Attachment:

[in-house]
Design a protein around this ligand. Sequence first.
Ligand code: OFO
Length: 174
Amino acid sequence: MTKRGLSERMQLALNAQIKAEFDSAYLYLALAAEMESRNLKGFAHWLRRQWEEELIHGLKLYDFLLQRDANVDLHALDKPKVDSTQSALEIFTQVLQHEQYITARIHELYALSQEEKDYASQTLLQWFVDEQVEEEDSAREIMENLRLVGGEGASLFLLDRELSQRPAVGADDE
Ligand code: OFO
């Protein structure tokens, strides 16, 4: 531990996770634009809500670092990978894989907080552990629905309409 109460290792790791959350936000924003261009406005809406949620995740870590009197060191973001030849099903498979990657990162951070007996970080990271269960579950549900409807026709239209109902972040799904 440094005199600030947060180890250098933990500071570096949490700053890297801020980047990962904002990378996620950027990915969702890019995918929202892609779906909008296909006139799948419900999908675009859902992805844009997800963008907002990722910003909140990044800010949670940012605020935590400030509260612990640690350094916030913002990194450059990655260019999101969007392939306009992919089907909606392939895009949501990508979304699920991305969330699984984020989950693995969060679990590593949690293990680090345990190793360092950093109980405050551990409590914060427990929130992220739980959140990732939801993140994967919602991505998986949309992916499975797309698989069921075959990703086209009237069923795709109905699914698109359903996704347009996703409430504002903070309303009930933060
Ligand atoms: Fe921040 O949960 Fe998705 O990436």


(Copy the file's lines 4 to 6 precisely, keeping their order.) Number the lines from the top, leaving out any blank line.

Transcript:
Length: 174
Amino acid sequence: MTKRGLSERMQLALNAQIKAEFDSAYLYLALAAEMESRNLKGFAHWLRRQWEEELIHGLKLYDFLLQRDANVDLHALDKPKVDSTQSALEIFTQVLQHEQYITARIHELYALSQEEKDYASQTLLQWFVDEQVEEEDSAREIMENLRLVGGEGASLFLLDRELSQRPAVGADDE
Ligand code: OFO